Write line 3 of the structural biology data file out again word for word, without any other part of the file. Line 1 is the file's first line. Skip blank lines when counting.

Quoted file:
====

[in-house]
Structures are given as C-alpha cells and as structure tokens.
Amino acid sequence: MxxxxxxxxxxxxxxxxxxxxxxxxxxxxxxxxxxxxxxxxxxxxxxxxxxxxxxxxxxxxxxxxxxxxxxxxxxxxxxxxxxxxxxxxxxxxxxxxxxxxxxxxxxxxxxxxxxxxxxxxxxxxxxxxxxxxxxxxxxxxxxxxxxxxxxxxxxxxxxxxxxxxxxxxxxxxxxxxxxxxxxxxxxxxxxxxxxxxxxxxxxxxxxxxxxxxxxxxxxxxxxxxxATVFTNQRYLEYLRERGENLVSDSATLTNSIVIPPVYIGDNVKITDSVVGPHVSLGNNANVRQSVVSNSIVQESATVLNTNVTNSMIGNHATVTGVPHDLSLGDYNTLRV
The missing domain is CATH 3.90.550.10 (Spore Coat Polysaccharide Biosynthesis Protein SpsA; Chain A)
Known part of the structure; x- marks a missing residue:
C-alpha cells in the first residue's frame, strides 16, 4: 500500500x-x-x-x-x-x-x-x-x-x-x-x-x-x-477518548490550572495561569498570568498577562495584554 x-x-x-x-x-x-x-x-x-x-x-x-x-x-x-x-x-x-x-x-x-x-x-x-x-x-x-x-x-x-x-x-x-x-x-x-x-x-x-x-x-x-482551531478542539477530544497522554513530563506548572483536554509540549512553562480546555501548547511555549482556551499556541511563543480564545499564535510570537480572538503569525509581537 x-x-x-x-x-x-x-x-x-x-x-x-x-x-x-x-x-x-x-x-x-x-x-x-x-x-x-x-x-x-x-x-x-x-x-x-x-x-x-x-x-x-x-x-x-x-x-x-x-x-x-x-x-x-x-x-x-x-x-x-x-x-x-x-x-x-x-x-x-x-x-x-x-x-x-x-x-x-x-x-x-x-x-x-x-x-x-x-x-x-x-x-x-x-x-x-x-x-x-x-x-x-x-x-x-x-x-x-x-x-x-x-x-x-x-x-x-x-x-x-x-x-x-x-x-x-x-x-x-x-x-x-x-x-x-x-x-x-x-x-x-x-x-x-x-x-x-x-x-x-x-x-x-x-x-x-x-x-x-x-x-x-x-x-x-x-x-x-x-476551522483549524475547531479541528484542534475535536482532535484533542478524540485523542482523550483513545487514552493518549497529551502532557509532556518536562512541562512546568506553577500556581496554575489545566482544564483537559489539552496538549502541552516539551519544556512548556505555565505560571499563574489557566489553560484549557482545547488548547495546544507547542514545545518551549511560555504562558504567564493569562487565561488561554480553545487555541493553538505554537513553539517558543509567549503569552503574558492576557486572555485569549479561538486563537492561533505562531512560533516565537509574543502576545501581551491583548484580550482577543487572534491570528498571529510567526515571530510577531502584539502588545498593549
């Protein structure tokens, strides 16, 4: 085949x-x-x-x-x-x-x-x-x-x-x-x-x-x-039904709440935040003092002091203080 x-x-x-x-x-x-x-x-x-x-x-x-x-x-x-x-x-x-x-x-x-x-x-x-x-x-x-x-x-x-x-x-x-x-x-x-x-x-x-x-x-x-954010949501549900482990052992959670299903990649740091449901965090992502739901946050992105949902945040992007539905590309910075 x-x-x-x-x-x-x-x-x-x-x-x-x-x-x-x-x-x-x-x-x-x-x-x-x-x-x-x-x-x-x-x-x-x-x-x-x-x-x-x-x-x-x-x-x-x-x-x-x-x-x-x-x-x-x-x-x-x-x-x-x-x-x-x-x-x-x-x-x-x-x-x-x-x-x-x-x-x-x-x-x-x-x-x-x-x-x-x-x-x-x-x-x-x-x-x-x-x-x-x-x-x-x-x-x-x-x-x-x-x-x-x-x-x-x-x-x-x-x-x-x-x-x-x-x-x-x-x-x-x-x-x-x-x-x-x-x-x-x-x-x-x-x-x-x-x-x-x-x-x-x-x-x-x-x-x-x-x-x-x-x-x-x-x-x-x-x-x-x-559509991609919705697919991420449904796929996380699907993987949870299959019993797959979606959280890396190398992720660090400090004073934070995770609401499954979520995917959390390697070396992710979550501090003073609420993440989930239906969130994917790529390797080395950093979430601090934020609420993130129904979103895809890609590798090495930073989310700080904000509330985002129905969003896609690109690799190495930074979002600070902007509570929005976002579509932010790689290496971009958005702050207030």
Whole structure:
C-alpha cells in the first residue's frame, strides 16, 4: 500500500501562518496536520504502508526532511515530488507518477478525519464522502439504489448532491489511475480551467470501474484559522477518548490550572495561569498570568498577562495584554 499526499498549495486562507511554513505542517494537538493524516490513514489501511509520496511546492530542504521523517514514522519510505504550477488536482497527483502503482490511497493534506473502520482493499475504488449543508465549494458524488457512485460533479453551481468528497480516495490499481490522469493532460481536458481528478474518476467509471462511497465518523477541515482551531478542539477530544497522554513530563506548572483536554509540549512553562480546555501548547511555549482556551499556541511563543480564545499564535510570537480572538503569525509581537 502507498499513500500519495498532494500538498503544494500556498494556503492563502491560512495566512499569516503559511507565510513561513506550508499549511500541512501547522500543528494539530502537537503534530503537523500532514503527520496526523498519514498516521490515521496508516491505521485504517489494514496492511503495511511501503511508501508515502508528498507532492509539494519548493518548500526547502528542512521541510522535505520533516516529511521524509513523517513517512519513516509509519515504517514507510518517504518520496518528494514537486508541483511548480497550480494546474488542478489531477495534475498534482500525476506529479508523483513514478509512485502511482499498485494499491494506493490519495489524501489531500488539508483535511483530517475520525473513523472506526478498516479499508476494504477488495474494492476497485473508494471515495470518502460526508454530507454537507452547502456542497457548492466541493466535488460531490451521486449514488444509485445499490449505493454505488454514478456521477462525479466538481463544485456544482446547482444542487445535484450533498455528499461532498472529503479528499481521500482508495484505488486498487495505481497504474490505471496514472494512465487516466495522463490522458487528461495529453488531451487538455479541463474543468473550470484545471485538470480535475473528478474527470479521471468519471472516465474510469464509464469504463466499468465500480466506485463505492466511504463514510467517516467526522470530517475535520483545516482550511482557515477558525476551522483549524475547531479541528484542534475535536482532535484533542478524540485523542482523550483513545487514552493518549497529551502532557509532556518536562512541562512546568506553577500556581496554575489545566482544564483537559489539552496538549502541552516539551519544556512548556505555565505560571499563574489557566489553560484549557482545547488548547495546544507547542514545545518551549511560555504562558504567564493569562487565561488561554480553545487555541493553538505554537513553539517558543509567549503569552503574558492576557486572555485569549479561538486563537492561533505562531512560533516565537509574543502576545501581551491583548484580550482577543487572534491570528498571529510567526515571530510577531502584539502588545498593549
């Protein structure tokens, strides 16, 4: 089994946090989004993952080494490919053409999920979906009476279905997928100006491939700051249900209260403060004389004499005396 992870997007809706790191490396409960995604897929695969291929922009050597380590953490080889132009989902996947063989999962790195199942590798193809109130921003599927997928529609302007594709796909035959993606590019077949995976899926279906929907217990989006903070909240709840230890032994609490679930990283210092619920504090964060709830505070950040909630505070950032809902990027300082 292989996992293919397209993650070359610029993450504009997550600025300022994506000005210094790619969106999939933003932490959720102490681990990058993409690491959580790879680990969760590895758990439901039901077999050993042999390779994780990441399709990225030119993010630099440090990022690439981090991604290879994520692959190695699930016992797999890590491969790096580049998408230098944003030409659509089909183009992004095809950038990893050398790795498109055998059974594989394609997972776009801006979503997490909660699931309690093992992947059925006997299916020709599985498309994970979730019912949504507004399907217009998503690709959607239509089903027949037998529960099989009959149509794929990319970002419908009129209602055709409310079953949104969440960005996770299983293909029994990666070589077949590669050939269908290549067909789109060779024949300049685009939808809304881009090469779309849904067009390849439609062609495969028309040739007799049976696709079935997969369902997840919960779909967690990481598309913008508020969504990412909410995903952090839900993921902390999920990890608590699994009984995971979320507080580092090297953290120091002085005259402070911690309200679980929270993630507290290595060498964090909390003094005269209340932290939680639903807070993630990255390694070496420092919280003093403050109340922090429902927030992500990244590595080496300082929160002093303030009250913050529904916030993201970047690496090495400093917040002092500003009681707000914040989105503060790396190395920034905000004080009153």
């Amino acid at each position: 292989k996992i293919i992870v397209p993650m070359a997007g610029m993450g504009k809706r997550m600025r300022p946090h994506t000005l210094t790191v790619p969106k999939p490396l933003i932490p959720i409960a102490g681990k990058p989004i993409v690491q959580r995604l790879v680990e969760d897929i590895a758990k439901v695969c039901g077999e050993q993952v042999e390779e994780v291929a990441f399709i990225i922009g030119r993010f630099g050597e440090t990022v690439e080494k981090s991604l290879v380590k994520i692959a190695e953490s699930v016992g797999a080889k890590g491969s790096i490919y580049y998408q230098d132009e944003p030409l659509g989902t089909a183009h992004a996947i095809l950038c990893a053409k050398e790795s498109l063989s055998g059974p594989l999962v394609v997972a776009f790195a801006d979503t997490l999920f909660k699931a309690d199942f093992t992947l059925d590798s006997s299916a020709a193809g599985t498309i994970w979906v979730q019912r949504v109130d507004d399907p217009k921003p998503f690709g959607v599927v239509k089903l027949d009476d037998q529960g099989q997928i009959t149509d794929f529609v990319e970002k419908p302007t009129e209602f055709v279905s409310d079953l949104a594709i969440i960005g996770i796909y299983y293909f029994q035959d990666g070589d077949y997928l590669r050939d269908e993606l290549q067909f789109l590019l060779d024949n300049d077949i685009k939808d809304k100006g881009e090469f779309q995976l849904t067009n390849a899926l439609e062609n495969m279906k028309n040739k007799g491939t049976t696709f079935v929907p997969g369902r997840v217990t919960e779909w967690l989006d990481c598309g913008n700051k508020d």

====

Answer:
Amino acid sequence: MxxxxxxxxxxxxxxxxxxxxxxxxxxxxxxxxxxxxxxxxxxxxxxxxxxxxxxxxxxxxxxxxxxxxxxxxxxxxxxxxxxxxxxxxxxxxxxxxxxxxxxxxxxxxxxxxxxxxxxxxxxxxxxxxxxxxxxxxxxxxxxxxxxxxxxxxxxxxxxxxxxxxxxxxxxxxxxxxxxxxxxxxxxxxxxxxxxxxxxxxxxxxxxxxxxxxxxxxxxxxxxxxxATVFTNQRYLEYLRERGENLVSDSATLTNSIVIPPVYIGDNVKITDSVVGPHVSLGNNANVRQSVVSNSIVQESATVLNTNVTNSMIGNHATVTGVPHDLSLGDYNTLRV